Interview with Diego Bardone; published in our print edition #14

A Streeter must only and exclusively think about capturing photographs, he must feel at home while walking the streets of our cities and must not be influenced by anything.

Diego Bardone brings the timeless and classic quality to street photography. His visions connect to Franca Sozzani’s concept of lightness about life and style.

There is a genuine Italian touch in his works that makes him cool. He shows a society in a completely different manner, and he is a master at sequencing his street photo series. His works will for sure endure through time. [Official Website][Print Edition][Digital edition]

Your series Kiss me stupid and No Face both show clever motives for street photography series. I find them quite inspired and refreshing. How did you get to these choices? and how did you look for the repeated patterns to create these series? Tell me about the inspiration and the process of work for these two series.

First of all, thank you for this interview. Being a street photographer is more about how you are in everyday life rather than the photography itself. Said that, except for the Born to run series, I never go out looking for something specific. I let myself be carried away by the flow of everyday life, a non-paying spectator in the theater of life. I walk along the street for the pleasure of being there, feeling neither more nor less than one of the others. Probably our experience makes us look for certain subjects rather than others and this is how, in the end, photographic series come to life.

I would never go out with the express intent to shoot kissing people or those who are unrecognizable because I would be conditioned and I would lose many different opportunities. Inspiration? Simple, in my eyes there is the lesson of post-war french humanist, Bresson, Doisneau, Isis, Bout, Brassai, plus Erwitt, just to name a few. I adore their ironic, sentimental, and sometimes melancholic touch. We all made copies of what has already been done, our goal is to add that pinch of salt in order to make us recognizable at first glance if you know what I mean. The No Face series is a sort of sarcastic ode to the privacy law and its total anachronism. We are checked wherever we are, wherever we go, and then it is not clear how an innocent and honest photograph can harm someone.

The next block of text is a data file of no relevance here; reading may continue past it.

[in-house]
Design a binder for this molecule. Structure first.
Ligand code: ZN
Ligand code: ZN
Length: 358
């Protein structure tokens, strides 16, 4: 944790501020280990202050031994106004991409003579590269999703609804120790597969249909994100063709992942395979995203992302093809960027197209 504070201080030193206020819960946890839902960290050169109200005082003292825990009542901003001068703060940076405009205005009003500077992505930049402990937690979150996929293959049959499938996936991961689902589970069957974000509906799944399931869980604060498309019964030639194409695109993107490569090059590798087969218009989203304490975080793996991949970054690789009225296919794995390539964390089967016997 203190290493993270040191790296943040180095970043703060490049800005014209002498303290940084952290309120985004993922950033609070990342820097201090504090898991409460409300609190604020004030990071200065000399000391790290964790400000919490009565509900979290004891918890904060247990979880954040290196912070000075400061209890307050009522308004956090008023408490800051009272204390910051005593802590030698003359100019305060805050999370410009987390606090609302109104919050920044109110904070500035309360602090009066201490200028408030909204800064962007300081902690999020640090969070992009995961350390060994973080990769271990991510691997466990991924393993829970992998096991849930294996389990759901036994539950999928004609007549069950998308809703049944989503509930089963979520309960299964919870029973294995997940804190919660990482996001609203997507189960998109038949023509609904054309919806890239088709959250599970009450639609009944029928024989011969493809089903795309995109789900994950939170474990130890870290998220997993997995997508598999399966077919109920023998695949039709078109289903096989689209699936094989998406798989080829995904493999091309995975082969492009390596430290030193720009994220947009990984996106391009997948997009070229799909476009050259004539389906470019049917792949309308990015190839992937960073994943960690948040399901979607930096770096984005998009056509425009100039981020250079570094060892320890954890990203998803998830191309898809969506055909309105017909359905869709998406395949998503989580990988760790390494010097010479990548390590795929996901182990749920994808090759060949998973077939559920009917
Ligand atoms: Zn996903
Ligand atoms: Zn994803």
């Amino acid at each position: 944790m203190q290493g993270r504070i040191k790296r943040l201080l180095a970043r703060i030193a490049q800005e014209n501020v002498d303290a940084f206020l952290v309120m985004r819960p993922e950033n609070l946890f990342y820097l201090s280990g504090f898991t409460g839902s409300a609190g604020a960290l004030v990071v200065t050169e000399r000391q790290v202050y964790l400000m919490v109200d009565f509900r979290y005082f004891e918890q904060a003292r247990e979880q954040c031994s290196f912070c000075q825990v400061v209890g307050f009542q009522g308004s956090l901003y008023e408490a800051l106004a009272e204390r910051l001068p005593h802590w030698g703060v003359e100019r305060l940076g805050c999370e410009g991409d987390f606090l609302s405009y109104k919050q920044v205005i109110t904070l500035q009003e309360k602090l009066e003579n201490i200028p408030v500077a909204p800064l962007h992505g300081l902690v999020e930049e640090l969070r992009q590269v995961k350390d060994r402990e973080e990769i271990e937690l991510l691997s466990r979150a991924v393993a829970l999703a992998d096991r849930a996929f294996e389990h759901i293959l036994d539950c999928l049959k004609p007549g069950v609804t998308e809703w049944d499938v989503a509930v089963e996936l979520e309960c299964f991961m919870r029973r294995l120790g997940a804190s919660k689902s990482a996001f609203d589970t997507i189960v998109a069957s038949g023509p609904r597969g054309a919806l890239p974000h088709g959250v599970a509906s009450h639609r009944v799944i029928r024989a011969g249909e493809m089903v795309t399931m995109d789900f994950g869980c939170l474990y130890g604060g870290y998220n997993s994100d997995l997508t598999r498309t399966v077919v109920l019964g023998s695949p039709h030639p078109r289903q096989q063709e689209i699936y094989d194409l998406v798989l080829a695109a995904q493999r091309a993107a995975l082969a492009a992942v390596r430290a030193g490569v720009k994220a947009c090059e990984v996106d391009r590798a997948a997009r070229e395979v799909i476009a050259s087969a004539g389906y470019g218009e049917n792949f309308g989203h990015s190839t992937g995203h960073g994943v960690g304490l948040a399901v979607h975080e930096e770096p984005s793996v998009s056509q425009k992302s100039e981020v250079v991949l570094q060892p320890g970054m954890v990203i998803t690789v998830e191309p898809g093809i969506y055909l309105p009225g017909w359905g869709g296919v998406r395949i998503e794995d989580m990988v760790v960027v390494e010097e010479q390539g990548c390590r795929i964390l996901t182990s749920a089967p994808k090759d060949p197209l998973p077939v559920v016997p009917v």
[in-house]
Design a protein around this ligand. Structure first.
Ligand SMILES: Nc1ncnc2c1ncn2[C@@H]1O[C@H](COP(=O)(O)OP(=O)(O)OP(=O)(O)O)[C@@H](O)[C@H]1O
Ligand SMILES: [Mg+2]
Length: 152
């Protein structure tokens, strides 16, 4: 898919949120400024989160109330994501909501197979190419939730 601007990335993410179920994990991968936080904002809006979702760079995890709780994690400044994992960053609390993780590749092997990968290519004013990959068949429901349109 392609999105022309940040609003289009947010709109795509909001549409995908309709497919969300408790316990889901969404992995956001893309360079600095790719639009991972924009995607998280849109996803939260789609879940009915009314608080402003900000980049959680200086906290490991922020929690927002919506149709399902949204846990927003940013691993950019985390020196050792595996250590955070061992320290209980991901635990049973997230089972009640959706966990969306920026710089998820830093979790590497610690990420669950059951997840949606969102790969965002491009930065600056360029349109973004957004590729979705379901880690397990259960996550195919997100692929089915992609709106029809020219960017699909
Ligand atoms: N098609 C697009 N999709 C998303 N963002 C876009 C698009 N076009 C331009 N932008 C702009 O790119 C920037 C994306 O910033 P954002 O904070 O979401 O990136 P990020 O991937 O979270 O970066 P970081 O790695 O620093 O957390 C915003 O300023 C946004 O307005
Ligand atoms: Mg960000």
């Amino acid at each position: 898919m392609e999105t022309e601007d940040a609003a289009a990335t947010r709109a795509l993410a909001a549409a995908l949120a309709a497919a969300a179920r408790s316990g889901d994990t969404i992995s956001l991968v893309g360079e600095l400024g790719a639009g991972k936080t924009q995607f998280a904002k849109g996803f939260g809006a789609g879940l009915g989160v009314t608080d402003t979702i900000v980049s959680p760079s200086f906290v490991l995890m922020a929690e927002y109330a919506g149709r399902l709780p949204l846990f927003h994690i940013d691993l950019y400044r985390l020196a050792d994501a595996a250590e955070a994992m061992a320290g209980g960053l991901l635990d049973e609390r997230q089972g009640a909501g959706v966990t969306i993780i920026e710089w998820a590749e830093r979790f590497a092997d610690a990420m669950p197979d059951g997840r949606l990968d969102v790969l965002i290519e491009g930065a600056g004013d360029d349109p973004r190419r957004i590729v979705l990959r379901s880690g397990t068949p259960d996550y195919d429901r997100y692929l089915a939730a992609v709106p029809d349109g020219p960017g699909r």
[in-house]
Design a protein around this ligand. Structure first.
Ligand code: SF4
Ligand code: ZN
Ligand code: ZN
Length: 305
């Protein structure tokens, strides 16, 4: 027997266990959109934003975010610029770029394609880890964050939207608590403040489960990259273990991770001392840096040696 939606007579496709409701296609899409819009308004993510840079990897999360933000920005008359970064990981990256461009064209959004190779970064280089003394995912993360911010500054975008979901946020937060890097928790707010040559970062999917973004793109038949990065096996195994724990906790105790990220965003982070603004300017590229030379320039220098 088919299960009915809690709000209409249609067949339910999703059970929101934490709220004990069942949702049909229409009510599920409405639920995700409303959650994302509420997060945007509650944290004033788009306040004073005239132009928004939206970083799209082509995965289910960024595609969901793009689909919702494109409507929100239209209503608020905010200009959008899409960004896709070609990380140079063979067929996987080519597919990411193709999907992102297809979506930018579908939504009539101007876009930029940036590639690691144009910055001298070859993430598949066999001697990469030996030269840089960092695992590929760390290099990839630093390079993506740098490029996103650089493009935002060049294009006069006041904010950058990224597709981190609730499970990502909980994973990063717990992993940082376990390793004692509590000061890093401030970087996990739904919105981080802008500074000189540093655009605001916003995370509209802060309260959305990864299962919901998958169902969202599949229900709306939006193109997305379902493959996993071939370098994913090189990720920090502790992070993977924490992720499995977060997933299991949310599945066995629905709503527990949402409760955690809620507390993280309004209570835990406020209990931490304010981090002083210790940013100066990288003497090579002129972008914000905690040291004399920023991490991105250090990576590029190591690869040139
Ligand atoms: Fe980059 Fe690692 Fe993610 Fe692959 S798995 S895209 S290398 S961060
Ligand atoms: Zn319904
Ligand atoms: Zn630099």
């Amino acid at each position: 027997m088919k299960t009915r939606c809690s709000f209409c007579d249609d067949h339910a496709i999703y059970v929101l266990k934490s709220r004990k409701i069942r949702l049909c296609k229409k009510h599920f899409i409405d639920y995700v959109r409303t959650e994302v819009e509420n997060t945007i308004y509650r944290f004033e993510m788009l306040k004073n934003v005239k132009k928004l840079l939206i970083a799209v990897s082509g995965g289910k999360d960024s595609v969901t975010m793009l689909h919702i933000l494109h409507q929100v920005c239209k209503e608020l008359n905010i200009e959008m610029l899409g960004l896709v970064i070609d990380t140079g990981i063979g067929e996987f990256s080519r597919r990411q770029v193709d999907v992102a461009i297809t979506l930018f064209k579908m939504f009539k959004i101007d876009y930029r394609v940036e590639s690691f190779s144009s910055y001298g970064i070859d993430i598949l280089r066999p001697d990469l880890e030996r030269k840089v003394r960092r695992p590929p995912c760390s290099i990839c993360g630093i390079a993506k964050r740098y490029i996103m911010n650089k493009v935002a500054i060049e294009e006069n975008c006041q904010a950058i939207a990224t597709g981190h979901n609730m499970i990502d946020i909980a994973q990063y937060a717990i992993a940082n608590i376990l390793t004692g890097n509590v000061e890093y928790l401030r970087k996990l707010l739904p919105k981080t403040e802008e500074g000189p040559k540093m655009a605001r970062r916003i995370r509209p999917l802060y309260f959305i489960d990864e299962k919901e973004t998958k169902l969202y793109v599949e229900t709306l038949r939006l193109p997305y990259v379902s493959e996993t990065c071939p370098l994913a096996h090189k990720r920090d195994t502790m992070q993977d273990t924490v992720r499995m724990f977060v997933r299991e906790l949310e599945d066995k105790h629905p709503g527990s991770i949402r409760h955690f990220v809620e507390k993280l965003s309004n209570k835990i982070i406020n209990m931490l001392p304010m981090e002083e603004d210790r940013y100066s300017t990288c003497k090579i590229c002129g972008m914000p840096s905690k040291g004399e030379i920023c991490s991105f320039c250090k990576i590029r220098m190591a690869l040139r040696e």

With Rainbow People, I can see your style again. It’s classic and vintage. There is a common retro look in your photographs that makes them look old, like if they become part of human history. There is also a sense of dignity and respect in this work. How did you approach this series and the people portrayed?

I’m an old fashioned man…answered! lol! Jokes aside, I like what you said, I think my works are honest and surrounded by the old good style, well I try to do it, then I’m not the right one to say it. I shoot to remember and possibly not be forgotten and I always pay respect to my subjects. I never ask someone: ‘May I take a shot?’, I just do it and I like it if people look straight to my camera. “Everyone has so much history, so many faces, so much of everything, so much of nothing …” (G.Ferri), are the words that introduce the series, more or less the meaning is that we are all equal and any discrimination is the result of ignorance and fear. First of all, be part of pride is a must, then photographically speaking it is an opportunity. Not easy at all, because to get a good shot when you are faced with something extraordinary is very difficult. it is easy to fall into banality.

In this difficult time, in the covid era, how do you manage to create, and what’s more to find the pandemic as another motif to shoot? Tell me how this has become an inspiration to keep on working.

A very difficult time, to be honest during the lockdown I didn’t get any shot, I was not interested to portray empty spaces. The first time I went out with the camera I was with Francesco Tadini, a friend, and my mentor. I had no desire to take pictures, then he practically forced me to take one: three waiters standing alone in a bar, and then something clicked inside me and I started shooting again, strange but true. Photos, of course, are influenced by my state of mind which cannot be happy at all. There is a kind of emptiness and loss that is difficult to fill up. We shoot what we are, so the series is quite sad and melancholic and it contains photographs that are usually not my speed. I don’t think everything is going to be ok, as it was written on a lot of flags here in Italy. Anyway, we’d never lose hope for something better. We’ll see what happens…

Your works in Milan have a strong timeless style. There is some magic in each photograph. I would say that we can tell you know every city corner and that your connection to Milan is almost like a bond of blood. How does it feel to be an Italian street photographer born in Milan? Does your origin influence your works? and how would you define your relationship with Milan?